The Defendant had indicated a deal to indemnify the Complainant for bail bond. In the other hand, it’s pointed out that the bail bond is not on record itself. Yet I … is of the opinion that there was an implied contract to reimburse the Plaintiff and that the Plaintiff is entitled to succeed on such implied contract. In favor of the Law, it is argued that there was no … such implied contract, and further that it could not be legitimately applied even though there was an implied contract. On the terms of the collateral bond, a copy of which was made

Achhaibar Singh vs. Rajamti and Others

A lender is not in possession of a contract that is conditional and will not be binding on a future transferor of redemption equity. It is … unnecessary to question whether the case was properly decided on this point, since the obligation to pay public charges will occur following the mortgage. The implied contract that the borrower has the right to sell the property that he is mortgaging … benefit of the implied contract set out in section 65 can be exercised by any successor in the mortgagee’s interest. The clause would have no effect if it were only the mortgage agent in person.

Hanwant Rai vs. Chandi Prasad and Others

The implied Title Covenant and this Covenant shall be with the Land. If that is the case as far as an implied contract is concerned, it seems to follow that an express contract of this nature must also run … with land. In any case, the Kauleshar Rai vendors and their brothers are entitled to take advantage of the implied contract found in Section 55, Sub-section 2, Transfer of Property Act would apply. The fact that the implied contract is not put in the agreement itself will make no difference at all. Clear or implied contract.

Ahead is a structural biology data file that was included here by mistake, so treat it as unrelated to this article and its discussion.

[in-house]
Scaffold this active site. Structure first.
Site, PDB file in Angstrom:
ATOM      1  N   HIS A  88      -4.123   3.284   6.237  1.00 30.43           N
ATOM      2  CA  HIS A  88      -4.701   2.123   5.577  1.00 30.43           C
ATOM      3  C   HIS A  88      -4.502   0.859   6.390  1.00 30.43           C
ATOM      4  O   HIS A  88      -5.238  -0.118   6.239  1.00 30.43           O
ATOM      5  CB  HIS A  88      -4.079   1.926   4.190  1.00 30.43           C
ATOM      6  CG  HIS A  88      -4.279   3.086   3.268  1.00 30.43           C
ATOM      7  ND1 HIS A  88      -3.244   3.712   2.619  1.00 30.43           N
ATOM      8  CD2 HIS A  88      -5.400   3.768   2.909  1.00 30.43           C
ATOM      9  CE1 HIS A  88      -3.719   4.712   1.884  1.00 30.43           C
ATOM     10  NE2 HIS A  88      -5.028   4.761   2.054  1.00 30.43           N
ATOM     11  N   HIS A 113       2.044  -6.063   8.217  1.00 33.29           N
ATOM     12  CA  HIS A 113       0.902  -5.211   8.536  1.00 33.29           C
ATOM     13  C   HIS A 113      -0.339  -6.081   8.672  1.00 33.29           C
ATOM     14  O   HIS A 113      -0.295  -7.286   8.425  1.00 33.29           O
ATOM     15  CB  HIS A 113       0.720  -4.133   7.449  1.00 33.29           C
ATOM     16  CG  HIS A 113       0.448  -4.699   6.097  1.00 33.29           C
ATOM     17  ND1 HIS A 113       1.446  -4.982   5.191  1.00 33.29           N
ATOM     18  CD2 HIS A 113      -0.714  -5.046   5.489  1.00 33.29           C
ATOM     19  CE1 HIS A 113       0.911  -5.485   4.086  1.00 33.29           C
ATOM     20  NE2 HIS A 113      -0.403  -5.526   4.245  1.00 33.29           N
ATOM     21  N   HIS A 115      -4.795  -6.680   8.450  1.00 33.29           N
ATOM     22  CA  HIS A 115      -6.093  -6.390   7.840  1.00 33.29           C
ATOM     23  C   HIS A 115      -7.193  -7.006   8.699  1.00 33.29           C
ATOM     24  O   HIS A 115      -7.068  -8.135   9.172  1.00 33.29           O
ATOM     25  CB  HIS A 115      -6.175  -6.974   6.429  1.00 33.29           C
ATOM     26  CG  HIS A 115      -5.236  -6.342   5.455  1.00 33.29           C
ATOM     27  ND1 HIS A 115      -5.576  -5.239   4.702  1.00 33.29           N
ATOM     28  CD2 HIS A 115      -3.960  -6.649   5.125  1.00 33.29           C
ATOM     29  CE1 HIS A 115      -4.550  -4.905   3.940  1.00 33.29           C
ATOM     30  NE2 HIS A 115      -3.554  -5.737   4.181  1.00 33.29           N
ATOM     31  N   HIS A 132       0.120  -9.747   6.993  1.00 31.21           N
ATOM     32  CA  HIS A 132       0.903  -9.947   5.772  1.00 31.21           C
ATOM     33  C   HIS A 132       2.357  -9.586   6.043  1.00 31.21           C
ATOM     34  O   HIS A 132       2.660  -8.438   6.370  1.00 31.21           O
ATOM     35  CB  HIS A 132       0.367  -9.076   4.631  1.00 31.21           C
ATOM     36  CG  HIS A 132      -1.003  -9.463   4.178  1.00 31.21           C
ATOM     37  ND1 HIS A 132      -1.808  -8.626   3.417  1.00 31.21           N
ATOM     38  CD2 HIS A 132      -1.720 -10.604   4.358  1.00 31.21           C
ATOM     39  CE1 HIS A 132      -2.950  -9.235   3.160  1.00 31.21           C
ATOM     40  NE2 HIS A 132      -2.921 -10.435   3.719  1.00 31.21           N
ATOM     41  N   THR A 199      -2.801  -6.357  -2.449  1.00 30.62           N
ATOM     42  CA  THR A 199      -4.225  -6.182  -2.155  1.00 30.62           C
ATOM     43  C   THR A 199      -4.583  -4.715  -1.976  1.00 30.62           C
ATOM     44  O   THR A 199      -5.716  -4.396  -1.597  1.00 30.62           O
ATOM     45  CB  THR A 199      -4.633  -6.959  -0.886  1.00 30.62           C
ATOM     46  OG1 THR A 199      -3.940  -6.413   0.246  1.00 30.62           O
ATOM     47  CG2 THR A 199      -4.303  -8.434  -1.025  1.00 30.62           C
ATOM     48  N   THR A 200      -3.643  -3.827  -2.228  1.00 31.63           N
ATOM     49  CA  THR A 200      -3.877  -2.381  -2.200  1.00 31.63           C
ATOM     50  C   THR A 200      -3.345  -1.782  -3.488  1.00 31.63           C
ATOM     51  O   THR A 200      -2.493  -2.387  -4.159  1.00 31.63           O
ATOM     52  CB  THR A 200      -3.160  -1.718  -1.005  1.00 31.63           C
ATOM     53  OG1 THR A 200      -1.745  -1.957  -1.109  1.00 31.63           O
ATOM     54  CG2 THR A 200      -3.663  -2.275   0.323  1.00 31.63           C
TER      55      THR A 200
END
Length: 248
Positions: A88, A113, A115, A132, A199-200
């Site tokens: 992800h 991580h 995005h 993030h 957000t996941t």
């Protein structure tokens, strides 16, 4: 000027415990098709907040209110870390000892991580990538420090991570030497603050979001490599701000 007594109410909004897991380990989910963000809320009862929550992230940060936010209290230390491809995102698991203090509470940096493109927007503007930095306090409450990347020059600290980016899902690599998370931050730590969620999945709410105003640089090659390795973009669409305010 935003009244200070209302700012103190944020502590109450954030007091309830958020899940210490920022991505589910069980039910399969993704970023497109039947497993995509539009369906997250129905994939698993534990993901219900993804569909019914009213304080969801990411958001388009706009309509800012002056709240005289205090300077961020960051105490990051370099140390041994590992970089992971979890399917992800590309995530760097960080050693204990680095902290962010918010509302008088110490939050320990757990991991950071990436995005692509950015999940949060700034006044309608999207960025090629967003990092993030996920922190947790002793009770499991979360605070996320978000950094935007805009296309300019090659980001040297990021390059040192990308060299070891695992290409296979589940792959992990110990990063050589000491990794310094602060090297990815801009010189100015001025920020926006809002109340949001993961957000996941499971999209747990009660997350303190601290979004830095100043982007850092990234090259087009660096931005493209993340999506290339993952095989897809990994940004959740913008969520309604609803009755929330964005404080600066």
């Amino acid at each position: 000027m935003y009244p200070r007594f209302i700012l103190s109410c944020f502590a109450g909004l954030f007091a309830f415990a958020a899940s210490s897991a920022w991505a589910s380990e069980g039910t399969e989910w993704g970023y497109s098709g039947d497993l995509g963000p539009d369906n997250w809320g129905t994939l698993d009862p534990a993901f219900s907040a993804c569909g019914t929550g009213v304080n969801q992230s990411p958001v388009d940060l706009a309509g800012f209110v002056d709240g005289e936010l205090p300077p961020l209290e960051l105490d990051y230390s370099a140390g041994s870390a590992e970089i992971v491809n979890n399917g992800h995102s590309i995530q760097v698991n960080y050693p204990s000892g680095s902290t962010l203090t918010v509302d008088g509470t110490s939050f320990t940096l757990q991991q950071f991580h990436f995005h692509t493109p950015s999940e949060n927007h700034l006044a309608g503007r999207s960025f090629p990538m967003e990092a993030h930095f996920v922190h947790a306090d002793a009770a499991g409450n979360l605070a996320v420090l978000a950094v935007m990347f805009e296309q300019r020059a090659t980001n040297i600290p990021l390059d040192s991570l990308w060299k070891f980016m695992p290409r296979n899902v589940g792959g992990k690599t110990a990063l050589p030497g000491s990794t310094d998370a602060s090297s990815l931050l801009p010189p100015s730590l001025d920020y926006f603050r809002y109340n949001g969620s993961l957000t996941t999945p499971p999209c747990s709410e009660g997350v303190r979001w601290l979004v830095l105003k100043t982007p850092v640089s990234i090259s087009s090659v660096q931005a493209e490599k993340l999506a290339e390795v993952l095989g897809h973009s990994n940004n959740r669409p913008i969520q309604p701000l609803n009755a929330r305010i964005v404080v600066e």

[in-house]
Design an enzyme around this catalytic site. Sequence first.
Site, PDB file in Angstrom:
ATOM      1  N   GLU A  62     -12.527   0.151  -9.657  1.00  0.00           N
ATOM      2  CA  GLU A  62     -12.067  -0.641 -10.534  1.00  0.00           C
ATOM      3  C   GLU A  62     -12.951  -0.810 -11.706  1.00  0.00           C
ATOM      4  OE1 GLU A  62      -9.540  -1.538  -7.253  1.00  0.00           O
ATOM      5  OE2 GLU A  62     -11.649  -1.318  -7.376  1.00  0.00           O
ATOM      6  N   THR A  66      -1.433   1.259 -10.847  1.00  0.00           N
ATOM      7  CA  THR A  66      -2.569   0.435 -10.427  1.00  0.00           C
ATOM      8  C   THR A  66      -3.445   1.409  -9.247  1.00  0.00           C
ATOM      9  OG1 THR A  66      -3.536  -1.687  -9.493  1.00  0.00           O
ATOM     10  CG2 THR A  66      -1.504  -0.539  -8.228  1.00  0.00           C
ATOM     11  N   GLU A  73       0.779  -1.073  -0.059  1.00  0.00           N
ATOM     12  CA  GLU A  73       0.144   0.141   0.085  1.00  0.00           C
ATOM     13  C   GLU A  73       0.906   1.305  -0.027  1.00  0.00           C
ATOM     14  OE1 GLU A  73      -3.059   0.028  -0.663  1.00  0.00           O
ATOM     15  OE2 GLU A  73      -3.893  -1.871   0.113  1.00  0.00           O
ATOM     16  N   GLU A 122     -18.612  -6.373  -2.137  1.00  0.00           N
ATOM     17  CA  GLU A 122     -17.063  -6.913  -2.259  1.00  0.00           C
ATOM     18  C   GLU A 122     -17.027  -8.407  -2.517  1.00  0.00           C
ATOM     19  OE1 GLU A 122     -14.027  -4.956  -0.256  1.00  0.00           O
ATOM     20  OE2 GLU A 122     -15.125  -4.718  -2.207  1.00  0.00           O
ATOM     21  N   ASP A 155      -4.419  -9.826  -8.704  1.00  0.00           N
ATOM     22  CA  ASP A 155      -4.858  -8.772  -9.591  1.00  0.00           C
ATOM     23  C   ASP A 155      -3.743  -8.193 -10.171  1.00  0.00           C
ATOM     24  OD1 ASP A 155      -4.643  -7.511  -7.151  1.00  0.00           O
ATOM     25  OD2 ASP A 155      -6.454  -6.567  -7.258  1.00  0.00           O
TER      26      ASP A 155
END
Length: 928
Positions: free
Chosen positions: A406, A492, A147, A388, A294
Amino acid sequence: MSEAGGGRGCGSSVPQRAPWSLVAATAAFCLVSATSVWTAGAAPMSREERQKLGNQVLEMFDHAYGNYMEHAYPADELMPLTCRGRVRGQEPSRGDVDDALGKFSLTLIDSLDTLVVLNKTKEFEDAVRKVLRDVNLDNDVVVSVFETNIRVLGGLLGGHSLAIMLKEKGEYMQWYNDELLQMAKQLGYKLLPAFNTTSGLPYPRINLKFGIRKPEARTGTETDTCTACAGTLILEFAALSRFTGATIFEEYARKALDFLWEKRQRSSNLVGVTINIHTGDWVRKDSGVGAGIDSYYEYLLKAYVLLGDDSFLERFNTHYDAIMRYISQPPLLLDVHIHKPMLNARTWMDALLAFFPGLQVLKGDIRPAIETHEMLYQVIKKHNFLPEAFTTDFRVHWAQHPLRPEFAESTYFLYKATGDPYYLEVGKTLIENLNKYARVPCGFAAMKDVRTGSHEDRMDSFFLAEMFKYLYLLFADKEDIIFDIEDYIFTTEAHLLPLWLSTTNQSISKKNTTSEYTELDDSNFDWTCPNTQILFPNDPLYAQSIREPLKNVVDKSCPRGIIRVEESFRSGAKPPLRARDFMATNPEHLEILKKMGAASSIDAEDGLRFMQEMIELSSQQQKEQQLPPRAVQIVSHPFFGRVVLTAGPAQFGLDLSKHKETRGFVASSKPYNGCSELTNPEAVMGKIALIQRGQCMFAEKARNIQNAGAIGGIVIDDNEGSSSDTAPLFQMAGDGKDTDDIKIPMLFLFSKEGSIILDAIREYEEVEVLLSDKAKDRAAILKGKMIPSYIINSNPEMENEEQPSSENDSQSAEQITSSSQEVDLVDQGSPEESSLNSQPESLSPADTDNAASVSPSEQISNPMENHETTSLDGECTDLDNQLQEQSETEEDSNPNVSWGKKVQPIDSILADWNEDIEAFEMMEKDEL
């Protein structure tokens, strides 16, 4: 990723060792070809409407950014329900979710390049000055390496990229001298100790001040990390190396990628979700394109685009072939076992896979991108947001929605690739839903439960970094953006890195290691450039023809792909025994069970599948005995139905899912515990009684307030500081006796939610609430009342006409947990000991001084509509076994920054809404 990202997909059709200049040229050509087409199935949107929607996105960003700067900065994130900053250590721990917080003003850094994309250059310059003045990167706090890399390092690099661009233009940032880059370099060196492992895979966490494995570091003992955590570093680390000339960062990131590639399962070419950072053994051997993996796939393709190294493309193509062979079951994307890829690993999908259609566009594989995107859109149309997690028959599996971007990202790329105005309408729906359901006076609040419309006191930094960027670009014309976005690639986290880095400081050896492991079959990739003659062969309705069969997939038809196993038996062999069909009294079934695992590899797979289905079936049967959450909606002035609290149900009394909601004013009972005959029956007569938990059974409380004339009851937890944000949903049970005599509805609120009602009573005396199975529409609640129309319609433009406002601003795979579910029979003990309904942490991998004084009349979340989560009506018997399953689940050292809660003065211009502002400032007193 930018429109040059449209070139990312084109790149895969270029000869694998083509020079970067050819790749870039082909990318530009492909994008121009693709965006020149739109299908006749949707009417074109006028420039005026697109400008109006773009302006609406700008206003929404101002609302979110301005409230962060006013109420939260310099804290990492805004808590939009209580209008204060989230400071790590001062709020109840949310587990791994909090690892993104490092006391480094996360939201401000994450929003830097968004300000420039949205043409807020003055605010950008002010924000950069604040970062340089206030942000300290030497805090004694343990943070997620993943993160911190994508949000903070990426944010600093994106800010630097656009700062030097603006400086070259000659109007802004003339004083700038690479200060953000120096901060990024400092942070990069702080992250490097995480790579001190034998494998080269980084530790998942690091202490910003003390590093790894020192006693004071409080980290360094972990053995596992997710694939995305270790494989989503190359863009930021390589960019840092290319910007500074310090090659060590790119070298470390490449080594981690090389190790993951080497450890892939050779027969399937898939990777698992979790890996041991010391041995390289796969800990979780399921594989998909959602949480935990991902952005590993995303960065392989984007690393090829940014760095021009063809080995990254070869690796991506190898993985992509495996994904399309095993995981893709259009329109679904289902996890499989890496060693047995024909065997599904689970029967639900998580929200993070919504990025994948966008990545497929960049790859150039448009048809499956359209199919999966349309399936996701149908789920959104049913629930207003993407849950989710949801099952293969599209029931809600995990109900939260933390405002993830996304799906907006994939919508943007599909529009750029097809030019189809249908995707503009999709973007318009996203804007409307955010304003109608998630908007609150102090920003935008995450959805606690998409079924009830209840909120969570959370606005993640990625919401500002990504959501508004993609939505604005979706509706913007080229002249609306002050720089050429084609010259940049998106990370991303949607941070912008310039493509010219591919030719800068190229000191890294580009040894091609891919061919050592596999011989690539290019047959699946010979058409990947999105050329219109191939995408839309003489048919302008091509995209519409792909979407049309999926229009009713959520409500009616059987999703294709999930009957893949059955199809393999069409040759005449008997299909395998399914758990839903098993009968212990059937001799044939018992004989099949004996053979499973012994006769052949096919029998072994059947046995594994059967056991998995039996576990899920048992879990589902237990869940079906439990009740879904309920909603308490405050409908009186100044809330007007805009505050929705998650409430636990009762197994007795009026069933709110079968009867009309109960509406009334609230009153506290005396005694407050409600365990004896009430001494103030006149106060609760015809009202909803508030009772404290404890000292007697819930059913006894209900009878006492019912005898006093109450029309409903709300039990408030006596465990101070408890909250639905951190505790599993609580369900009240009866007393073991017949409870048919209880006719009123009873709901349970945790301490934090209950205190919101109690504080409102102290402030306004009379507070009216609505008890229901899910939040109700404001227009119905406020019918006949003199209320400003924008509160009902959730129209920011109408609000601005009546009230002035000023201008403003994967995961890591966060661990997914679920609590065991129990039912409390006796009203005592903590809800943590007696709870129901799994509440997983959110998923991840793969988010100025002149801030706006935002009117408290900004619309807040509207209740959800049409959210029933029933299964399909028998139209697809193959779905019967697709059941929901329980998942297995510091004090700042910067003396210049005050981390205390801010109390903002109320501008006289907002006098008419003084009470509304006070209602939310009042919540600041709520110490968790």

Critical analysis

That type of agreement is regarded as a quasi-contract. A quasi-contract is where the statute imposes an obligation on parties where the parties did not necessarily agree to conclude a contract and made no commitment to execute it. However, because one party may be unjustly rewarded by the action of another party, the recipient of such acts must render restitution or pay fair value for the services rendered, even if there has never been any intention of entering into a contract.

Oral Contracts are enforceable and such contracts shall be enforceable in writing. Many states have law (known as the Fraud Statute) that defines which forms of contracts must be in writing. While these differ by state, most require that land sales contracts have to be in writing to respond for another’s debts that cannot be fulfilled within one year, that are above a certain dollar sum, or include certain sales of products.

While certain forms of contracts do not need to be enforceable in writing, it is still a good idea to have a written agreement if you are entering into a service or selling arrangement with anyone or something in which a conflict can arise.

Conclusion

As with express contracts, there is no interpretation of the term ‘implied contract’ under the Indian Contract Act. An implied contract, as the term itself suggests, is a contract that is inferred by the parties’ conduct and behavior. Words are not used, either written or spoken. Such a contract comes into force after the parties to the contract have decided their purpose. A Quasi-Contract will be an example of an implied contract. Quasi-contracts are “those relationships that mimic those created by contract.” It is based on the maximum equity that no individual can receive unequal benefits at the expense of the other, regardless of whether or not there is a contract.

Authors: Heena Kakkar from Faculty of Law, SGT University.

Editor: Akshat Mehta from Institute of Law, Nirma University.